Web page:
The best Japanese bento books if you don't read Japanese

bentobooks.jpg

There are lots of bento-related books published every year in Japan. While most of them have plenty of colorful pictures, some are too wordy to be really useful for people who don’t read Japanese. Here is a list of books that I have in my collection that I think would be very useful even if you don’t read the text. Most of these books reflect my preference for books about healthy, vegetable-centric bento, mainly aimed at adults.

I’ll be updating this page from time to time, so please check back occasionally. You can also see other, less annotated book recommendations in the Amazon Japan aStore. continue reading...

Homemade furikake no. 3: Noritama

fukake3_noritama450.jpg

Noritama is one of the most popular flavors of furikake available commercially. Nori means the seaweed that’s used as a sushi roll or onigiri wrapper, and tama is short for tamago, or egg. The base, which gives the most flavor to the furikake, is bonito flakes or katsuobushi.

Surprisingly perhaps, noritama is one of the more fiddly furikake to make at home, though it’s by no means difficult. But I like to make it occasionally anyway becase I find commercial noritama to be a bit too salty. This version is lower on salt, so you can pile it on your rice if you want to. Naturally it’s free of any preservatives, MSG, or what have you. It’s also a lot cheaper than the commercial versions, even if you have to pay premium prices for the bonito flakes and nori as I do. continue reading...

2007 Holiday Gift Guide for the bento fan in your life

continue reading...xmas-onigiri.pngIt's that time of the year again. Here are some Christmas and holiday gift ideas for the bento maker in your life, or even someone who's just thinking about making bento in the new year. Perhaps that person is you, in which case you could use this as a list for Santa to refer to. I've made some suggestions in all price ranges, because you never know how generous Santa is feeling.

Bento no. 9: 10-minute vegan bento with fried tofu

bento_9b_450.jpg

Bento contents:

  • Brown rice mixed with assorted pickled vegetables (230 cal)
  • Dry-fried crispy fried tofu (220 cal)

Total calories (approx): 450 cal (how calories are calculated)

Time needed: 5-10 minutes

Type: Japanese, vegan continue reading...

How to: Homemade shio kombu or kombu no tsukudani

kombu_tsukudani450.jpg

Kombu, the leathery seaweed that is used to make dashi stock, is packed full of umami. A traditional way to prepare it is as shiokombu (salty kombu) or kombu no tsukudani. Tsukudani is a method of cooking something with soy sauce, sake and/or mirin, and sugar until it’s very dark, quite salty and sweet too. It’s a preserving method, since the salt and sugar greatly increase the keeping qualities of the food.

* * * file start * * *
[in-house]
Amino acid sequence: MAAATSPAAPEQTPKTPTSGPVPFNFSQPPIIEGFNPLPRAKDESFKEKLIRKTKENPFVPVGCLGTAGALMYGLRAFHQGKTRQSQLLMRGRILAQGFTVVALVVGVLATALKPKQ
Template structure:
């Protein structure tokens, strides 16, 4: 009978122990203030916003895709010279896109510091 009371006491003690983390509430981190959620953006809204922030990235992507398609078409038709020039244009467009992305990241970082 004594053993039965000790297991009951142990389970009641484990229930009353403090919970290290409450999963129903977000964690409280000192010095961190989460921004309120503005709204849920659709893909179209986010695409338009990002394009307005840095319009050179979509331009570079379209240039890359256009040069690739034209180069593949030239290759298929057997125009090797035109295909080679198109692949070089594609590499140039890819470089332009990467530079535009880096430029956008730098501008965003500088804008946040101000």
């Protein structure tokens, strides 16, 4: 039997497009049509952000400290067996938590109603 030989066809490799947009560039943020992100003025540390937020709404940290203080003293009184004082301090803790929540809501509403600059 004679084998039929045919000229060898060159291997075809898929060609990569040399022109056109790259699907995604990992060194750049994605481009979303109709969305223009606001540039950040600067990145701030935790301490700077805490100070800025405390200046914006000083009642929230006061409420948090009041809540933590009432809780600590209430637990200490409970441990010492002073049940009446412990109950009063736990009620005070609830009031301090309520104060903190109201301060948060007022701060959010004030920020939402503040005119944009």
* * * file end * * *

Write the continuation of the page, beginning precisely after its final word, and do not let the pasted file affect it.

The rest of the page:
Kombu no tsukudani can be tucked into the corner of a bento box to add a little variety. It’s also a good onigiri filling. Properly made and stored in the refrigerator, it keeps almost forever. continue reading...

Bento for your spirit as well as your body

A reader left a great comment on the last post. I’m quoting part of it here:

But, honestly, the thing I love about bentos is the zen-factor: it makes me excited about eating and I always spend time in the morning really thinking about what I’m putting into my body. It’s very calming. I feel like I spoil myself everyday.

I couldn’t agree more with that. Planning bento lunches for yourself makes you feel like you are really taking care of yourself - something we are apt to forget when we are running around conducting Life in general. It’s as important, or even more so, than planning and making bentos for your family. It’s a way of pampering yourself during the course of your day spiritually as well as physically. Nothing can beat that! continue reading...

Speed bento tip: Squeeze bottles!

squeeze_honey.jpgI’m always looking for ways to shave a few minutes off bento prep time. One way to do this is to look at the containers the condiments, sauces and other ingredients that you use frequently come in.

I use honey quite a lot as a sweetener. Measuring it out of a glass jar is a sticky, messy business, that more often than not requires washing of a spoon, wiping drips around the lid and jar, and other little things that add up in terms of wasted time. So, for morning preperations I rely on the neat runny honey in a squeeze bottle. It’s not rare gourmet honey gathered from bees who suckle on rare alpine flora (I save that kind for leisurely cups of lemon-honey-water), but it sure cuts down on bento making time in the morning. continue reading...

Bento no. 8: Leftovers bento with garlic chive blossom fried rice

bento_8_450.jpg

Bento contents:

  • Fried rice with ham, lentils and garlic chive blossoms (400cal, more or less depending on the fattiness of the ham)
  • Broccoli stem, celery, walnut, apple and carrot salad with lemon dressing (60 cal)

Total calories (approx): 460 cal (how calories are calculated)

Time needed: 15-20 minutes

Type: Japanese, leftovers yay continue reading...